Change of heart: Tom Mars drops Curtis Blackwell case over concerns about lawyer's conduct

Tony Paul
The Detroit News

Upon further review, the call has been overturned.

High-profile attorney Tom Mars has left the legal team representing former Michigan State staffer Curtis Blackwell, citing a disagreement with one of Blackwell's lawyers over the "standards" of practicing law.

Former Michigan State staffer Curtis Blackwell is suing the university, then-football coach Mark Dantonio, former athletic director Mark Hollis and former president Lou Anna K. Simon for wrongful termination.

One of Blackwell's lawyers, Drew Paterson, already has been sanctioned by a federal judge in this case, and now has to answer the defense team's motion to have him sanctioned again, as well as a move to have the case thrown out and Paterson disbarred.

Mars, known for his work on NCAA transfer-waiver cases including the one that earned Michigan quarterback Shea Paterson immediate eligibility last season, confirmed his departure to The News, less than one week after news of him joining the case was made public.

"It's become clear in the past week that one of Curtis Blackwell's Michigan lawyers and I have very different views about the standards governing the conduct of lawyers who practice in state and federal courts," Mars told The News late Wednesday night. "After a number of failed attempts to reach alignment on these issues, I notified Mr. Blackwell, his Michigan lawyers, and defense counsel this morning that I was terminating my professional relationship with Mr. Blackwell, effective immediately.

"This decision has nothing to do with the merits of Mr. Blackwell's case, the strength of evidence supporting his position, or any decisions he has made in connection with this litigation."

Mars said he stands by everything he told The News last week, when he confirmed joining Blackwell's legal team for his suits against MSU, then-football coach Mark Dantonio, former athletic director Mark Hollis and former president Lou Anna K. Simon for wrongful termination, and against MSU Police for wrongful arrest.

Mars, 62, who is based out of Atlanta and northwest Arkansas, has the issue with Paterson, one of Blackwell's two attorneys who joined the case in October.

The lead attorney is Thomas Warnicke, who joined the team in January 2019.

"Tom Mars has previously expressed that he been following Mr. Blackwell's case to the beginning, which dates back to November 2018. Mr. Mars also said that he reviewed sworn deposition testimony and other key evidence from the case," Warnicke told The News on Thursday. "Based upon his objective assessment of the merits of Mr. Blackwell's claims, Mr. Mars agreed to join Mr. Blackwell's legal team.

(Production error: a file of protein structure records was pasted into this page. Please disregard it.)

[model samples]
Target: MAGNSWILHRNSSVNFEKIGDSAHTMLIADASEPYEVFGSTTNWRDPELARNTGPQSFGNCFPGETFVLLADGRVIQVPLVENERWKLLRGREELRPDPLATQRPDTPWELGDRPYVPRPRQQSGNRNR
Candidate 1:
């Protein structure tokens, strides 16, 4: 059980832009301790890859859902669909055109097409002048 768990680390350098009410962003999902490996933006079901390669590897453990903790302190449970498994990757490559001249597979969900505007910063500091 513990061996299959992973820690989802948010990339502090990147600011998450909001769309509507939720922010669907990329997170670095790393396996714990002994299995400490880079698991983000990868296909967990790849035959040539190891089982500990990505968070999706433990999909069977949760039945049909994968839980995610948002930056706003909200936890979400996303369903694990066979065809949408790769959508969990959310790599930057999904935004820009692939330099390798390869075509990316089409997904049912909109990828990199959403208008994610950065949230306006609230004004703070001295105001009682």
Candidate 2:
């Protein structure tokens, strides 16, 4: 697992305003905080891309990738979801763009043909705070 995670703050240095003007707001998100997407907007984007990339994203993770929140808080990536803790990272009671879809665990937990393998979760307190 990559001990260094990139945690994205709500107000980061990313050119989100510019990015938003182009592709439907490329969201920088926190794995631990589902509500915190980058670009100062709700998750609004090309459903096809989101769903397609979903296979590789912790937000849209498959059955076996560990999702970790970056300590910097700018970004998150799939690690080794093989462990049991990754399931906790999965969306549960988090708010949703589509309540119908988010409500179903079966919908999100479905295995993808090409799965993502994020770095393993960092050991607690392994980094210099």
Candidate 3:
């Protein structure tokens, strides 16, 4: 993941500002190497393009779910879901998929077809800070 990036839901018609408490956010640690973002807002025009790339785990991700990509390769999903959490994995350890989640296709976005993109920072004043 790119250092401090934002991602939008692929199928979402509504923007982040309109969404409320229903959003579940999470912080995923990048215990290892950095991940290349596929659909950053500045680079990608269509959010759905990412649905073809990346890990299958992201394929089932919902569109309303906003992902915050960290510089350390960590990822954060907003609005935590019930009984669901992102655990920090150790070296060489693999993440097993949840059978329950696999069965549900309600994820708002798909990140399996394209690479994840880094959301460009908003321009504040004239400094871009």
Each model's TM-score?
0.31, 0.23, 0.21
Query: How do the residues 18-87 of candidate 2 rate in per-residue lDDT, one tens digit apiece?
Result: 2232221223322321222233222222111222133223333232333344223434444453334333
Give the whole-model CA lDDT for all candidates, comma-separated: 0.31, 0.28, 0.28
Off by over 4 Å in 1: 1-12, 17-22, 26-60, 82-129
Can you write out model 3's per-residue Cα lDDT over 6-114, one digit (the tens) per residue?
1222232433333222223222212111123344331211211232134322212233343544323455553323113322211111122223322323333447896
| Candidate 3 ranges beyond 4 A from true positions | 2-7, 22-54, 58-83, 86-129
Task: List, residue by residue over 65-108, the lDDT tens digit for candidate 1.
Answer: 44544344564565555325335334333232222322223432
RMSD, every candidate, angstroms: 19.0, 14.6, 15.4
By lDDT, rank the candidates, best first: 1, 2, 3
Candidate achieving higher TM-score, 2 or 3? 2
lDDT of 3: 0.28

"However, Mr. Mars has recently expressed a difference of opinion with one member of Mr. Blackwell's legal team and has decided to remove himself from the case. We respect his decision and will move forward zealously to litigate Mr. Blackwell's claims.

"We look forward to Mr. Blackwell having his day in court and obtaining the justice that he so rightfully deserves."

Paterson earlier in the Blackwell case was fined $10,000 by a federal judge for publicly filing the deposition transcript of MSU Police Det. Chad Davis, despite both counsels agreeing to keep that sealed. Paterson claimed that was an innocent mistake, saying he wasn't privy to the conversations between counsel. He called it an "expensive lesson."

Now, lawyers for the MSU defendants have claimed Paterson is at again, specifically in the recent filing alleging NCAA violations by Dantonio. Dantonio's lawyers called the claims, before they were detailed in a later filing, "false, scandalous, and wholly unsupported accusations," and called the move "continued, ongoing misconduct by Blackwell and his counsel." They also claim Blackwell's team has filed frivolous motions, among them an objection to an additional deposition of Blackwell — when Dantonio's attorneys have said nobody's seeking an additional deposition of Blackwell.

"This sham should not be allowed to continue," Dantonio's lawyers continued, who also have accused Blackwell's team of unnecessarily drawing out the discovery period — which is still ongoing for a suit that was filed in November 2018. They claim Blackwell's team seeks documents and depositions that aren't relative to the case, and are unnecessarily trying to secure another hour of Dantonio's time for additional deposition.

Paterson and Blackwell's team have until Tuesday to respond to a judge's show-cause order. Essentially, they have to make the case why Dantonio's attorneys are wrong and why the judges shouldn't dismiss the case and sanction the legal team.

This isn't the first case during which Paterson has been sanctioned. He's been sanctioned at least five prior times by federal and state judges, including his work on the high-profile local case, Carmack vs. City of Detroit, in which he represented Robert Carmack in his suit against the city and Mayor Mike Duggan.

Blackwell, a Michigan State staffer from 2013-17, said he was unfairly dismissed by Dantonio and the MSU in the wake of a 2017 on-campus party at which three players allegedly sexually assaulted a woman. Blackwell claims he was the scapegoat; Dantonio said it was over "philosophical differences" among other issues, none of which pertained to the sexual-assault investigation.

What started out as a wrongful-termination case has exploded into a series of accusations by Blackwell against the football program, most recently claims that Dantonio committed NCAA violations in a) allowing Blackwell to recruit off-campus, and b) securing jobs for the parents of high-profile recruits. Michigan State athletic director Bill Beekman, whose tenure post-dates Blackwell's employment at MSU, called those claims "false" last week at Dantonio's sudden retirement announcement.

Twitter: @tonypaul1984